RESCUE BREATHS: ARE THEY GONE OR NOT? | Texas OnSite CPR

RESCUE BREATHS: ARE THEY GONE OR NOT?


By guest blogger Bill Rowe, Director of Content Development

I still remember the day when the 2010 CPR and ECC guidelines were released and the primary message from the news media was that rescue breaths were eliminated from CPR. Headlines screamed, broadcasters announced with great fanfare, and sound bites ruled… rescue breaths were gone!

But it really wasn’t that simple.

First, let’s clear up the main point. For people that become trained lay providers of CPR, rescue breaths are still a critical part of their ability to perform CPR. They are still part of standardized layperson training.

Let me see if I can help clear things up.

First, some related anatomy. There are two main ways that cardiac arrest occurs. The most common is sudden cardiac arrest.  As its name implies, sudden cardiac arrest happens abruptly, and mostly to adults, when the electrical system of the heart short-circuits, the mechanical pumping action stops, and forward blood and oxygen flow ceases. A victim of SCA usually collapses and becomes unresponsive. Normal breathing stops, except for occasional non-productive agonal gasps. This is the most common form of treatable cardiac arrest. Immediate CPR to buy time for early defibrillation provides the best chance for survival.

When sudden cardiac arrest occurs, uncirculated oxygen remains in the bloodstream. Research has shown that doing chest compressions, without rescue breaths, can circulate that oxygen and be as effective in doing it as traditional compression/rescue breath CPR for the first few minutes.

This is where the idea of eliminating rescue breaths got started. Other contributing influences included the potential for giving rescue breaths to be unpleasant, such as after injury or vomiting, and there is more detail in learning how to do them, including keeping the tongue from blocking the airway and making an airtight seal when blowing.

Getting rid of rescue breaths for sudden cardiac arrest looked like a reasonable concept.      

However, the other common path to cardiac arrest is secondary cardiac arrest, when there is an initial airway or breathing problem that prevents oxygen from entering the body. The lack of available oxygen will progressively weaken and slow the heart rate down until the heart stops. Secondary cardiac arrest occurs from things such as drowning, opioid overdose, and suffocation. This is the most common way cardiac arrest occurs in children.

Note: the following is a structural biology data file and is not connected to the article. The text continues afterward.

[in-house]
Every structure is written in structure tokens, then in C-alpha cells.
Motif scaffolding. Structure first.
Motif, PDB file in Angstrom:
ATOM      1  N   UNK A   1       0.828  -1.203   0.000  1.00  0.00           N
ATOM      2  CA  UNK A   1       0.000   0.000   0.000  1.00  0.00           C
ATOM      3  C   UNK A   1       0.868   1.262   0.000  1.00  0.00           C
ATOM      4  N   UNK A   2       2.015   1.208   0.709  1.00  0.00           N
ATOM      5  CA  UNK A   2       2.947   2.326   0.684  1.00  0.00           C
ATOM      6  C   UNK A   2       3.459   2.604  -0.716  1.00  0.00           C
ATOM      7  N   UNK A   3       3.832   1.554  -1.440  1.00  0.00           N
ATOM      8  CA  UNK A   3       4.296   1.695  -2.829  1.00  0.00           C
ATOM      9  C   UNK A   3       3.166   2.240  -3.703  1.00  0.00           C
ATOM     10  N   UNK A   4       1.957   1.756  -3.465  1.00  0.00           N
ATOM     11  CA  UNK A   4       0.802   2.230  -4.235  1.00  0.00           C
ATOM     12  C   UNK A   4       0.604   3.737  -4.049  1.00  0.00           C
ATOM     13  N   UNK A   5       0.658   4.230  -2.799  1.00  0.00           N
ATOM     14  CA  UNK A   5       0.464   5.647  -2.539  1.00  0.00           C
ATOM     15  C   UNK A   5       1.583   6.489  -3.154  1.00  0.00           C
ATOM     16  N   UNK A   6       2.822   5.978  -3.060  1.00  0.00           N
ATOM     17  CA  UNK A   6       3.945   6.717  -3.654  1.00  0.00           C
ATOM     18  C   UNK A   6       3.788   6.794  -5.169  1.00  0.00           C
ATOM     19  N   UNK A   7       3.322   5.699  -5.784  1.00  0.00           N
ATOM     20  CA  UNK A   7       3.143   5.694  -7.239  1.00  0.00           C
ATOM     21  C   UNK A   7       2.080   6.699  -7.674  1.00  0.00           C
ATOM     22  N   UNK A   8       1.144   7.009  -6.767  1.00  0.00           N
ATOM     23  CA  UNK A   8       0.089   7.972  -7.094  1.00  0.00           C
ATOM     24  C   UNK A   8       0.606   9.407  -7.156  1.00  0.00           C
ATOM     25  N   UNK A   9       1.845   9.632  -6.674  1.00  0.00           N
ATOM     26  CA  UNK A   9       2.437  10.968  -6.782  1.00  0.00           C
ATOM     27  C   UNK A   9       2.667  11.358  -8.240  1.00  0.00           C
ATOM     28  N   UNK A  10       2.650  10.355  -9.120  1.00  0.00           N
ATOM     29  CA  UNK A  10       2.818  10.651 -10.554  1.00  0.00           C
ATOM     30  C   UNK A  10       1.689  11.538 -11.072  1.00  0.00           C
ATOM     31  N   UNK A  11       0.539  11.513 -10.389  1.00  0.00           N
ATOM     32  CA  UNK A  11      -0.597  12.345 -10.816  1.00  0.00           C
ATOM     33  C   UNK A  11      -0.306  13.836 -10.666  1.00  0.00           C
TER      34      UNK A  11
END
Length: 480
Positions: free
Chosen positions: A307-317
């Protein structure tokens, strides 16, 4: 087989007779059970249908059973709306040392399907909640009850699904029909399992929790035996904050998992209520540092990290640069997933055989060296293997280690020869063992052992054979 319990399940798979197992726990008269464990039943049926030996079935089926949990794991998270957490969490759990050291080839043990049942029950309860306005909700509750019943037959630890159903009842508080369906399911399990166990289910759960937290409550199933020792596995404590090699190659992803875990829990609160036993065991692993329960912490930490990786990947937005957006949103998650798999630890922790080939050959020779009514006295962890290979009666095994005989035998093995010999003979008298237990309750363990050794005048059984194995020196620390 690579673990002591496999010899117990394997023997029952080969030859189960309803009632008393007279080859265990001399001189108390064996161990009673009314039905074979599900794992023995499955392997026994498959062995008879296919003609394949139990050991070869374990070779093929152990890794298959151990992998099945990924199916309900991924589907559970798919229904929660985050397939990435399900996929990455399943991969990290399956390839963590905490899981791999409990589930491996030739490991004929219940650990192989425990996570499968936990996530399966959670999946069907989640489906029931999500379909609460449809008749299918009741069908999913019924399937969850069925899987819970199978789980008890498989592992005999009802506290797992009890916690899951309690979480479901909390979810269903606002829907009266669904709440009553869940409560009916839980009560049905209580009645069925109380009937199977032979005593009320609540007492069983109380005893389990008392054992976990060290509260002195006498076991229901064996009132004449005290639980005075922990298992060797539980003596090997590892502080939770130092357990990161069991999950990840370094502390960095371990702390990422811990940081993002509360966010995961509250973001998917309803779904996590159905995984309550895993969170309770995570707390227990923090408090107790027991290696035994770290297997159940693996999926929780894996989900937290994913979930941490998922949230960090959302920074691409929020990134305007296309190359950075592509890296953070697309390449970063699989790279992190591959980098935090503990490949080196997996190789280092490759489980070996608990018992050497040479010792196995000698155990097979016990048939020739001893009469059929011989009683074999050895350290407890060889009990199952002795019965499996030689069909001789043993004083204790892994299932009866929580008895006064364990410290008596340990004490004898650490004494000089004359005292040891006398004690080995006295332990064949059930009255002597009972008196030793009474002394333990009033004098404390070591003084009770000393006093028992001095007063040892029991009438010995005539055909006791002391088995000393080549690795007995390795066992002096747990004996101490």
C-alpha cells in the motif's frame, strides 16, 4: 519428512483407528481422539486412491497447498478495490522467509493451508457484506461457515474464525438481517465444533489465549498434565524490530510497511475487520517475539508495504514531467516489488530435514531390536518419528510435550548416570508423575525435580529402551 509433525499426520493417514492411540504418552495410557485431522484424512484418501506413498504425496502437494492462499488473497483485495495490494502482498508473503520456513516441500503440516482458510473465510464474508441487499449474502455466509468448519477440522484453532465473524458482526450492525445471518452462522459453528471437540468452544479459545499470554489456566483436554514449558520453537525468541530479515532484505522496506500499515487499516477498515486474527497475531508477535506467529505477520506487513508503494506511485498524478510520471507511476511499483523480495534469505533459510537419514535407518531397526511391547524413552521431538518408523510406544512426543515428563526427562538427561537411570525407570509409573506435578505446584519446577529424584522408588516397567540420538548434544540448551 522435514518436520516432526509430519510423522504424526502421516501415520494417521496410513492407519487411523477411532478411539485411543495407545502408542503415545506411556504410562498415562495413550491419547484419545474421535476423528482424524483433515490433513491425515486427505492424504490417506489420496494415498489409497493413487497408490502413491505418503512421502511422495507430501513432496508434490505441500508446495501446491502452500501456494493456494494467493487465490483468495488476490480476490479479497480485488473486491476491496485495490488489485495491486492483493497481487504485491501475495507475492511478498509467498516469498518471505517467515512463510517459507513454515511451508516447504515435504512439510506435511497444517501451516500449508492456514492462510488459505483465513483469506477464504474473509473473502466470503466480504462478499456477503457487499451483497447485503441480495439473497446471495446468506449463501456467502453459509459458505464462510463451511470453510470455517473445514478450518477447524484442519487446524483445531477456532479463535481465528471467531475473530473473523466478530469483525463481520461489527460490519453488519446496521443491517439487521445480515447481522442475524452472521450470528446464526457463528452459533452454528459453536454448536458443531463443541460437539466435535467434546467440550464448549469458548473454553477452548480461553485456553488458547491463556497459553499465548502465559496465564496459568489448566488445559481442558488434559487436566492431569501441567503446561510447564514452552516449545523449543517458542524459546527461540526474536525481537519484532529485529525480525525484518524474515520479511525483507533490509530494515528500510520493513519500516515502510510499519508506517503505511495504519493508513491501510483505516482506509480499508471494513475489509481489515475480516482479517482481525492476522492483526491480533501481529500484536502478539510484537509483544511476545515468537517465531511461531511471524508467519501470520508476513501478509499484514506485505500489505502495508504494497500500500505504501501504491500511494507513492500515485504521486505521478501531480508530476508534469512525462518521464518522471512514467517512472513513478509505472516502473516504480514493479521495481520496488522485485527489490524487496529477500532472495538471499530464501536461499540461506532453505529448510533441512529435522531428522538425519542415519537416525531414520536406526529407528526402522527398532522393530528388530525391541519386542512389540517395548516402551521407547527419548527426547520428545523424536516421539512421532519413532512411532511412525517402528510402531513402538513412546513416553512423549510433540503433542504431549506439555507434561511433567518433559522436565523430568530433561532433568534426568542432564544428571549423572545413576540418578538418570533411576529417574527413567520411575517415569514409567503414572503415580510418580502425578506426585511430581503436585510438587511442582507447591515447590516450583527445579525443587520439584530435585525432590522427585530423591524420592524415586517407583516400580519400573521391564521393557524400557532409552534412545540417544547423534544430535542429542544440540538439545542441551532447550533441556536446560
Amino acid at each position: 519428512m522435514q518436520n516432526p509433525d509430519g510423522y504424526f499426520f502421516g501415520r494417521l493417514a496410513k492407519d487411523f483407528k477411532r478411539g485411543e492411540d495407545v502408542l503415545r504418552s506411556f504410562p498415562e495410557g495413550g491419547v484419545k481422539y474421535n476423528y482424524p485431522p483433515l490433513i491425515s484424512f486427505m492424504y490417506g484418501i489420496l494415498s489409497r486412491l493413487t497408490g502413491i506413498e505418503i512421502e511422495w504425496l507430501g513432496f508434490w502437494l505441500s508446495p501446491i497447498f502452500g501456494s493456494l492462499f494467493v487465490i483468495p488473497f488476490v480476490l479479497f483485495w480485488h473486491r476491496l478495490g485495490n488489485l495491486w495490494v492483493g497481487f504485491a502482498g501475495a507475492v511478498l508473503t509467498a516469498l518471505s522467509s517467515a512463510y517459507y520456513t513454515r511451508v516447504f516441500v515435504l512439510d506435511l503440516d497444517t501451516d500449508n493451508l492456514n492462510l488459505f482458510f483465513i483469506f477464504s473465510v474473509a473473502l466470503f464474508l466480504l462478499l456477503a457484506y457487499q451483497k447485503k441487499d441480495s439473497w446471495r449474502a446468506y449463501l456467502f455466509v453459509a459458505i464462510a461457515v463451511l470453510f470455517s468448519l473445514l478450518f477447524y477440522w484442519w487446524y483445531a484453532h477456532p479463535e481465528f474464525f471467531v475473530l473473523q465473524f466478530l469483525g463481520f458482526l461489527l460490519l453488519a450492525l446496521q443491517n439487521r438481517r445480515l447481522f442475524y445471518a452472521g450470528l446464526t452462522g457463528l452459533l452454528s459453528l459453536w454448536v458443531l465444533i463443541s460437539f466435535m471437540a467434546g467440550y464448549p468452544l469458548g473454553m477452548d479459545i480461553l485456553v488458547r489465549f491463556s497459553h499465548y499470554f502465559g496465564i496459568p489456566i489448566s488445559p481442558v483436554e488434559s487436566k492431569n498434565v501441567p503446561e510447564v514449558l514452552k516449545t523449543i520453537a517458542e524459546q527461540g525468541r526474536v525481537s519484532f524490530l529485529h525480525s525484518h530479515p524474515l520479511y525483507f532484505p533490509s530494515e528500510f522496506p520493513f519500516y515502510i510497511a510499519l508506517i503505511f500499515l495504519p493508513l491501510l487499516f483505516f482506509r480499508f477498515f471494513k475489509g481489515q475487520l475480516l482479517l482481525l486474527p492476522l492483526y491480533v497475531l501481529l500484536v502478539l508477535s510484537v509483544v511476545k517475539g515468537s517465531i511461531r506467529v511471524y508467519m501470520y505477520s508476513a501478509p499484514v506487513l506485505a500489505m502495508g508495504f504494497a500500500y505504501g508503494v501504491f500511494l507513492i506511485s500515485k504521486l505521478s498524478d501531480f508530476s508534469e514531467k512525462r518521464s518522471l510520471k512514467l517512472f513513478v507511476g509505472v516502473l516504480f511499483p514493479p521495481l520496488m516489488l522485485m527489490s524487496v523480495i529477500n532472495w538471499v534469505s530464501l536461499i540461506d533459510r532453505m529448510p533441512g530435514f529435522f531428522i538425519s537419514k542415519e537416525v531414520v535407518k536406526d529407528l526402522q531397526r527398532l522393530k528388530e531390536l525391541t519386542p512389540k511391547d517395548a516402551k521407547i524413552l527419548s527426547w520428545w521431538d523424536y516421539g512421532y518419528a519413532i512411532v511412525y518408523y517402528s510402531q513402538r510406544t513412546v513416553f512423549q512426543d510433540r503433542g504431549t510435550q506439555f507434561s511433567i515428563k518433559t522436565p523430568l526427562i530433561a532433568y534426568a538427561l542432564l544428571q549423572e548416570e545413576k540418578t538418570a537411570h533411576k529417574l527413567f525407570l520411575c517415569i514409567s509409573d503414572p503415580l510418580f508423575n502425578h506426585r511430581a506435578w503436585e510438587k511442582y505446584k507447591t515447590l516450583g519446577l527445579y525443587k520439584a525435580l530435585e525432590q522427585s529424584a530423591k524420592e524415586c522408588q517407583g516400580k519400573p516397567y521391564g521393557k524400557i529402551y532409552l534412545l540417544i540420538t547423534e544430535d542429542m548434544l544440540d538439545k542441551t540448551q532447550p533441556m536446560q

Different from sudden cardiac arrest, an essential part of the treatment for secondary cardiac arrest is providing effective rescue breaths. Getting oxygen into the body and circulated to heart tissue will stimulate the heart to beat faster and become stronger. An improving heart and the resulting oxygen to the brain can stimulate the breathing effort.

So, getting rid of rescue breaths can make CPR a whole lot easier for treating the problem of sudden cardiac arrest, but will not help someone survive a secondary cardiac arrest. How should we train lay providers in CPR?

The correct answer is that we can do both kinds of training, depending on the person being trained.

Nothing has changed in traditional standardized CPR provider training. Students learn and practice both chest compressions and rescue breaths to be able to manage both sudden and secondary cardiac arrests. If a person has the time, this is the recommended training to take.

But what about all of those who are not able to take traditional training? Keeping in mind that sudden cardiac arrest is much more likely than secondary cardiac arrest, what about a simpler approach for the masses that can be learned in minutes with little or no practice?

In 2010, the CPR guidelines were updated with the concept of compression-only CPR as a separate option for untrained bystanders. This was based on the concept that, for at least a few minutes, chest compressions alone could circulate the remaining oxygen in the bloodstream of a victim of sudden cardiac arrest. Evidence showed that, in this circumstance, compression-only CPR was just as effective as traditional CPR with compressions and breaths.

Learning compression-only CPR is easy. If a person collapses in front of you, put the heels of both hands on the center of the person’s chest and push. Push repetitively, push fast, push hard, and don’t stop until an AED is attached and analyzing.  Awareness in compression-only CPR can be accomplished through things such as public service announcements, posters on walls, lunch-time talks, and short half-time presentations at sporting events.

So, rescue breaths were not eliminated for trained lay CPR providers, just for the much shorter and broader awareness of compression-only CPR.

As an authorized instructor of our core ASHI and MEDIC First Aid training programs, you are a critical conduit to students in clarifying the difference between traditional and compression-only CPR, and the limitation of compression-only CPR training.

We should remain committed to providing hands-on skills training to as many people as possible in both compressions and rescue breaths. We should provide awareness training in compression-only CPR when we can, but always encouraging those participating to go further and learn more.